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I Let My Toddler Sleep in Our Bed

Photograph by Getty Images

One of my most vivid memories from childhood is standing by my parents’ bed, too scared to wake up my mom, too scared to go back to my bed. It’s one of her most vivid memories too, mostly because I would scare the shit out of her.

She would wake up with a start, to little 3-year-old me, hovering over her, whispering about dreams and scary monsters.

So, it doesn’t surprise me that almost 30 years later, I find myself in almost exactly my mom’s situation: waking up to the hovering body of a frightened 3-year-old.

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Without fail and without question, I open up the covers and let her in. Sometimes, when she is asleep, I slip her back in her bed. But more often than not, I let her stay. I don’t get much sleep when she does, but I have a hard time sending her back. It’s selfishly motivated—I love the snuggles and I also understand her fears.

When I was 3 and demanding access to my parents’ bed, my parents already had three children and another on the way. Exhausted, my mom often sent me back to my room, or made me a pallet on the floor. In both places, I would lay awake imagining that the air conditioning was the sound of a lion prowling our halls, or that the swirling darkness above me was demons (we went to Evangelical churches, I came by that fear honestly). I remember how calming my mom’s breath on my hair was and how much I craved that in my midnight moments of fear.

Maybe I’m projecting, but when I see my daughter, hair glowing like a halo in the weak morning light, I become that little girl again—alone and afraid of both nothing and everything. But in the mornings, I’m my mom again, tired, short-tempered, in need of a good night sleep.

So often, the hardest parts of parenting is finding the line between my needs and my child’s. It’s this constant battle that begins the moment a woman becomes pregnant and control over her body is ceded, to whom? I’m not exactly sure. The baby? Maybe. Science? Kind of. Society? Probably more accurate.

The intersectionality of our bodies and our babies is an exhausting gray space. Where do we end? Where do our children begin?

Every woman battles with that line, to drink caffeine, to have a glass of wine, to have the epidural and beyond, to breastfeeding and sleeping. I remember agonizing over the choice to take Zoloft while breastfeeding. One the one hand, the effects on nursing babies hadn’t been fully analyze. On the other hand, I was going insane. In that case, I went without the Zoloft. I wish I hadn’t. I wish I had chosen to take it. But if I had to go back to myself in the doctor’s office, exhausted, in pain, overwhelmed, afraid, would I have done anything different? It’s hard to say.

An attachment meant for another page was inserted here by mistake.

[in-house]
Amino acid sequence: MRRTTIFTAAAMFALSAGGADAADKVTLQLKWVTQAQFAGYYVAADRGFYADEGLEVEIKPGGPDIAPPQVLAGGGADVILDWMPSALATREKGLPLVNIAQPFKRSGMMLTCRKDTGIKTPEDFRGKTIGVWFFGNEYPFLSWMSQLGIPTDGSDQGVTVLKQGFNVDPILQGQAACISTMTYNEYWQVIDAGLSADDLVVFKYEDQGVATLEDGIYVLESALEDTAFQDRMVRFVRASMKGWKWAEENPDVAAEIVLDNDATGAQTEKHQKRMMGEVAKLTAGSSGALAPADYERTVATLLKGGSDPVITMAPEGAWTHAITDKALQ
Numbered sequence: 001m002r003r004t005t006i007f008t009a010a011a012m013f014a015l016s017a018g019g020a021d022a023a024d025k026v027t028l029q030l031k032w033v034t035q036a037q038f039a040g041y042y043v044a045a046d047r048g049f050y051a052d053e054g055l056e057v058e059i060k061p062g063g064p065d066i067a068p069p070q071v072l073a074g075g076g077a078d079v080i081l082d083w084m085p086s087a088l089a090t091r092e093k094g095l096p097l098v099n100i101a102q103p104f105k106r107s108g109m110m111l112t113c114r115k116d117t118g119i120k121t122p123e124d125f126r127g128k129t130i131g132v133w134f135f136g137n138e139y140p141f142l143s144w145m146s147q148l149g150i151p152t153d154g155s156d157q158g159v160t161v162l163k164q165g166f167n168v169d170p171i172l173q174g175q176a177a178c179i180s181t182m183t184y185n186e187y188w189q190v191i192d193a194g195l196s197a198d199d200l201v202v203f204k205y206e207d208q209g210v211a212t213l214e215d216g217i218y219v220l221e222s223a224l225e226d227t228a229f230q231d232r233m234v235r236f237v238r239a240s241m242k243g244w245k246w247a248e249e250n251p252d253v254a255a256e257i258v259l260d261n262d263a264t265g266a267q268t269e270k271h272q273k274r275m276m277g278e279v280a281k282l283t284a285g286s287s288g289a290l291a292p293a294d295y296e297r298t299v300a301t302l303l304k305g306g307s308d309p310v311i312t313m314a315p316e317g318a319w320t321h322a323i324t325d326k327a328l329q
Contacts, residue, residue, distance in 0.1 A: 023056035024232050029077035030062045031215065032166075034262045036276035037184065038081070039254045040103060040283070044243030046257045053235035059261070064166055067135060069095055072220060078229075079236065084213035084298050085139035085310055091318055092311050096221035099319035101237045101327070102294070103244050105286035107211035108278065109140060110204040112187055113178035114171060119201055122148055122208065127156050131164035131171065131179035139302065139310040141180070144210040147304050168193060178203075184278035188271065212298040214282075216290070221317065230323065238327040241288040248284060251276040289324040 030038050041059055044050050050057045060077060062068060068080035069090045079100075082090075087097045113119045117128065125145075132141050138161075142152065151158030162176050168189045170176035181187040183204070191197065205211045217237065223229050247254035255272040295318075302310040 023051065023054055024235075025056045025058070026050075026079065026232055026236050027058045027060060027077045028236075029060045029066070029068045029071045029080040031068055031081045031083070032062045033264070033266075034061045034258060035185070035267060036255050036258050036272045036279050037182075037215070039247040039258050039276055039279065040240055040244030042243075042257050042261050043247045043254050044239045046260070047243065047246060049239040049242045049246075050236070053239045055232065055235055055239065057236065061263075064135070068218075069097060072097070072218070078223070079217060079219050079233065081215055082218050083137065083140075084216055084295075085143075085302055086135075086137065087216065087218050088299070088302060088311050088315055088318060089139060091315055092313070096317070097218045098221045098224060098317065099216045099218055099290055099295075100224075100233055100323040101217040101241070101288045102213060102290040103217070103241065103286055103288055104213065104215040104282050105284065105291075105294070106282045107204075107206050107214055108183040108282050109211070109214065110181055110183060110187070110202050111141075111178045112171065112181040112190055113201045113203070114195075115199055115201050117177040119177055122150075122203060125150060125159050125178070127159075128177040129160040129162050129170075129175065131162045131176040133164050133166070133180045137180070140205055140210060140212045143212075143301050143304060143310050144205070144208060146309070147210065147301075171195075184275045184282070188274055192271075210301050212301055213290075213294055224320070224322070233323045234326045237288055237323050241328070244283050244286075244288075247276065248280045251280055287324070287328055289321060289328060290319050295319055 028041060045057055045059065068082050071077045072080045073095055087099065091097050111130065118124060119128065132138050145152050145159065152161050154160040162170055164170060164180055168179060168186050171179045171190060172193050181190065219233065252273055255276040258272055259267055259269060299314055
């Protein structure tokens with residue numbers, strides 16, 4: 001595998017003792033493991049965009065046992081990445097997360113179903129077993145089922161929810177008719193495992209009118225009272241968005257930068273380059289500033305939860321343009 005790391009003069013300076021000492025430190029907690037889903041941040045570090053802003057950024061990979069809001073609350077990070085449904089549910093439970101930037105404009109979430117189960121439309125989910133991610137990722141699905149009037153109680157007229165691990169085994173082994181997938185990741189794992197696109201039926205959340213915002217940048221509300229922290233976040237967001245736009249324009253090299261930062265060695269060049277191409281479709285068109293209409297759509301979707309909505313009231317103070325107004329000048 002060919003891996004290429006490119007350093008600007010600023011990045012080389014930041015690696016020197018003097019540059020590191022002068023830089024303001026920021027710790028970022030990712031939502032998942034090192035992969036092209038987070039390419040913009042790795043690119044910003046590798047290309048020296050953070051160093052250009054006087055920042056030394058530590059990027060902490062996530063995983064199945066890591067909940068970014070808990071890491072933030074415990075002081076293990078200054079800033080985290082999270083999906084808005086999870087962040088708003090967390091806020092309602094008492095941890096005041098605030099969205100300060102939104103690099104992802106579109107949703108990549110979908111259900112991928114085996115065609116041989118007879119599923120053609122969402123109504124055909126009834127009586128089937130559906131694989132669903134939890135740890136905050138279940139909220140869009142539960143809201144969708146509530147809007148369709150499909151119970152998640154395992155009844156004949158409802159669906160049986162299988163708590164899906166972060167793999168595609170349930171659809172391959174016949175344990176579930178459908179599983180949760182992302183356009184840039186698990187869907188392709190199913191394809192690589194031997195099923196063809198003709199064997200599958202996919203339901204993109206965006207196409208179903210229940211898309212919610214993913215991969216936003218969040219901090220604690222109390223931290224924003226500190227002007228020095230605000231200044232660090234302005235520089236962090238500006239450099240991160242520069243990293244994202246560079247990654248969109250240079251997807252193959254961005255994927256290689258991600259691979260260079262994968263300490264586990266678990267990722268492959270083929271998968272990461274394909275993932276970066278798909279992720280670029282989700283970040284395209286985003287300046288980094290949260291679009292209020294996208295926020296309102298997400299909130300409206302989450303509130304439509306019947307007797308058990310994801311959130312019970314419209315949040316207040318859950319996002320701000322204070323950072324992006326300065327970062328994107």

The intersectionality of our bodies and our babies is an exhausting gray space. Where do we end? Where do our children begin? I thought I had this all sorted with my independent 3-year-old, but then the nightmares began and so did my own anxieties.

Was I projecting? I was probably projecting. But was she afraid? Yes. Did she need me? I don’t know. Maybe. Yes. Or perhaps the real question was: Did I need her? I was holding her like a little me—soothing me from all my fears and demons that hovered on the edge of my life. But in this case, should there be a separation? Is my empathy getting in the way of my parenting?

I have no answers. It’s hard to think clearly when you aren’t getting sleep.

Recently, I made my daughter a chart. I told her if she is ever afraid, she can come snuggle with me, but that I want her to be a big girl and learn to sleep in her own bed. So, we have a chart. Every night she sleeps in her bed, she gets a smiley face and a check mark (she insisted). One full week of sleep in her bed equals a prize of her choosing. We’ve made it two weeks so far, with only a small detour for the stomach flu. This chart works for my externally motivated oldest child. She’s so proud of herself, every morning, she marches down the stairs clad in princess jammies, and proclaims, “I slepted all night in my whole own bed!”

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I hug her and tell her I’m so proud. I know she knows she can come to me when she’s afraid, but I also need her to know she can navigate the night on her own too.

So, we are getting there. But when the baby (who believes my arms are his manifest destiny and responds to no human law, nor conforms to expectation) comes to this age, I have no clue what to do. But one child at a time. One breaking, one pulling, pushing, snuggling problem at a time.

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